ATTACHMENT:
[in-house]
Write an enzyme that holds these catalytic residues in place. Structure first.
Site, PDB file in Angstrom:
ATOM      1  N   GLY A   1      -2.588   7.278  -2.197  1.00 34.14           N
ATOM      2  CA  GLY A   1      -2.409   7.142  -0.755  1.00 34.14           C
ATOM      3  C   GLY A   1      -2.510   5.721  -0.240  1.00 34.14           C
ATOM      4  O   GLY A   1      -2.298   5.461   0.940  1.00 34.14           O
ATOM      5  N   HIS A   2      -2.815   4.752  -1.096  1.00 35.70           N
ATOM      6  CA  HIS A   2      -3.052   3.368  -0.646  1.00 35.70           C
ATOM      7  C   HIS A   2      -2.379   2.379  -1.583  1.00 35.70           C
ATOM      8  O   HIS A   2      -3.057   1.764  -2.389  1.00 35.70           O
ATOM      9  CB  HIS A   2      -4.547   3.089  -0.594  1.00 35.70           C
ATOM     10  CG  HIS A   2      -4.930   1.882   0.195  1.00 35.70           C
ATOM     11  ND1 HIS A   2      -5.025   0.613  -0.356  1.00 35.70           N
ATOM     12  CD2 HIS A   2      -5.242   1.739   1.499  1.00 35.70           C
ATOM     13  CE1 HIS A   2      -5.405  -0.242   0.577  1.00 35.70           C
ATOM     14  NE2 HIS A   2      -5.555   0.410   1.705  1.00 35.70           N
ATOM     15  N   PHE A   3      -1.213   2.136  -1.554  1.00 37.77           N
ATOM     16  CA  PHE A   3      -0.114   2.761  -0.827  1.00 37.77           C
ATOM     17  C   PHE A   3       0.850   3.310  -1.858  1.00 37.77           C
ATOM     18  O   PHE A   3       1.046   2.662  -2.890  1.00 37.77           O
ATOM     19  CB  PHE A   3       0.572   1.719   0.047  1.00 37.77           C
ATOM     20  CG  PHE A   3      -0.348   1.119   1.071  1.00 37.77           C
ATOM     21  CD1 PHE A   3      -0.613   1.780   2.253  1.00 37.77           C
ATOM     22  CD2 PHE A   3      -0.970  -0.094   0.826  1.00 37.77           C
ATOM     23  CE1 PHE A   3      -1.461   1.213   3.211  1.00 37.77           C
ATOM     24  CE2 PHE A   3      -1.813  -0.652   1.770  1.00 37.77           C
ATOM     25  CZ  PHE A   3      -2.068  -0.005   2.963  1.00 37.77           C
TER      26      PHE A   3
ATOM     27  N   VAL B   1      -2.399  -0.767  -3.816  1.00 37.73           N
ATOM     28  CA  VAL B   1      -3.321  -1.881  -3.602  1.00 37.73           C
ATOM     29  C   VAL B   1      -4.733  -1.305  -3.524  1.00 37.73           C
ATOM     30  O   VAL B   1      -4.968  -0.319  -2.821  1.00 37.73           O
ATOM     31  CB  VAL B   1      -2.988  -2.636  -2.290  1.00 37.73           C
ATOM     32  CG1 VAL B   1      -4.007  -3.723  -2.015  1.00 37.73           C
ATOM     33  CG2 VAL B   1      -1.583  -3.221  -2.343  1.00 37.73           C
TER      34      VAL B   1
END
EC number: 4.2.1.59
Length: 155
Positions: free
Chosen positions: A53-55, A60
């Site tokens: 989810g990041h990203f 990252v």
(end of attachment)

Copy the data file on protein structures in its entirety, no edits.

[in-house]
Write an enzyme that holds these catalytic residues in place. Structure first.
Site, PDB file in Angstrom:
ATOM      1  N   GLY A   1      -2.588   7.278  -2.197  1.00 34.14           N
ATOM      2  CA  GLY A   1      -2.409   7.142  -0.755  1.00 34.14           C
ATOM      3  C   GLY A   1      -2.510   5.721  -0.240  1.00 34.14           C
ATOM      4  O   GLY A   1      -2.298   5.461   0.940  1.00 34.14           O
ATOM      5  N   HIS A   2      -2.815   4.752  -1.096  1.00 35.70           N
ATOM      6  CA  HIS A   2      -3.052   3.368  -0.646  1.00 35.70           C
ATOM      7  C   HIS A   2      -2.379   2.379  -1.583  1.00 35.70           C
ATOM      8  O   HIS A   2      -3.057   1.764  -2.389  1.00 35.70           O
ATOM      9  CB  HIS A   2      -4.547   3.089  -0.594  1.00 35.70           C
ATOM     10  CG  HIS A   2      -4.930   1.882   0.195  1.00 35.70           C
ATOM     11  ND1 HIS A   2      -5.025   0.613  -0.356  1.00 35.70           N
ATOM     12  CD2 HIS A   2      -5.242   1.739   1.499  1.00 35.70           C
ATOM     13  CE1 HIS A   2      -5.405  -0.242   0.577  1.00 35.70           C
ATOM     14  NE2 HIS A   2      -5.555   0.410   1.705  1.00 35.70           N
ATOM     15  N   PHE A   3      -1.213   2.136  -1.554  1.00 37.77           N
ATOM     16  CA  PHE A   3      -0.114   2.761  -0.827  1.00 37.77           C
ATOM     17  C   PHE A   3       0.850   3.310  -1.858  1.00 37.77           C
ATOM     18  O   PHE A   3       1.046   2.662  -2.890  1.00 37.77           O
ATOM     19  CB  PHE A   3       0.572   1.719   0.047  1.00 37.77           C
ATOM     20  CG  PHE A   3      -0.348   1.119   1.071  1.00 37.77           C
ATOM     21  CD1 PHE A   3      -0.613   1.780   2.253  1.00 37.77           C
ATOM     22  CD2 PHE A   3      -0.970  -0.094   0.826  1.00 37.77           C
ATOM     23  CE1 PHE A   3      -1.461   1.213   3.211  1.00 37.77           C
ATOM     24  CE2 PHE A   3      -1.813  -0.652   1.770  1.00 37.77           C
ATOM     25  CZ  PHE A   3      -2.068  -0.005   2.963  1.00 37.77           C
TER      26      PHE A   3
ATOM     27  N   VAL B   1      -2.399  -0.767  -3.816  1.00 37.73           N
ATOM     28  CA  VAL B   1      -3.321  -1.881  -3.602  1.00 37.73           C
ATOM     29  C   VAL B   1      -4.733  -1.305  -3.524  1.00 37.73           C
ATOM     30  O   VAL B   1      -4.968  -0.319  -2.821  1.00 37.73           O
ATOM     31  CB  VAL B   1      -2.988  -2.636  -2.290  1.00 37.73           C
ATOM     32  CG1 VAL B   1      -4.007  -3.723  -2.015  1.00 37.73           C
ATOM     33  CG2 VAL B   1      -1.583  -3.221  -2.343  1.00 37.73           C
TER      34      VAL B   1
END
EC number: 4.2.1.59
Length: 155
Positions: free
Chosen positions: A53-55, A60
């Site tokens: 989810g990041h990203f 990252v």